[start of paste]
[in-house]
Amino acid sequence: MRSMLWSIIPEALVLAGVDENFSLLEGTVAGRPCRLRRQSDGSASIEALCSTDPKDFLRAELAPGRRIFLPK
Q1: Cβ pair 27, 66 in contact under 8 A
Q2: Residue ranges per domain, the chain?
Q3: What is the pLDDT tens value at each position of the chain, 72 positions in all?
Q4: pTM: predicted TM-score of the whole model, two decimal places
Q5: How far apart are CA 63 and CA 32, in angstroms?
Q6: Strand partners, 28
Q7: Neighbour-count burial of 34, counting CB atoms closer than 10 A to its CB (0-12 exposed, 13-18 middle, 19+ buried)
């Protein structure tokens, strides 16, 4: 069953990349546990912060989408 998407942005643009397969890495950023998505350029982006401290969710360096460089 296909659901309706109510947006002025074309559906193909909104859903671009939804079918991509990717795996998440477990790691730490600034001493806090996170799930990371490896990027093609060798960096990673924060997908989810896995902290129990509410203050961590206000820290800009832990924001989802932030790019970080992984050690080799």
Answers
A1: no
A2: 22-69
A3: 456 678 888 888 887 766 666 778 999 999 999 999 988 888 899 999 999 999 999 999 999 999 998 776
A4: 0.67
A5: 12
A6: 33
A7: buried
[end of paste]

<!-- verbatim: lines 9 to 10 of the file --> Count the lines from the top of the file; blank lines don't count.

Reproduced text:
Q7: Neighbour-count burial of 34, counting CB atoms closer than 10 A to its CB (0-12 exposed, 13-18 middle, 19+ buried)
């Protein structure tokens, strides 16, 4: 069953990349546990912060989408 998407942005643009397969890495950023998505350029982006401290969710360096460089 296909659901309706109510947006002025074309559906193909909104859903671009939804079918991509990717795996998440477990790691730490600034001493806090996170799930990371490896990027093609060798960096990673924060997908989810896995902290129990509410203050961590206000820290800009832990924001989802932030790019970080992984050690080799």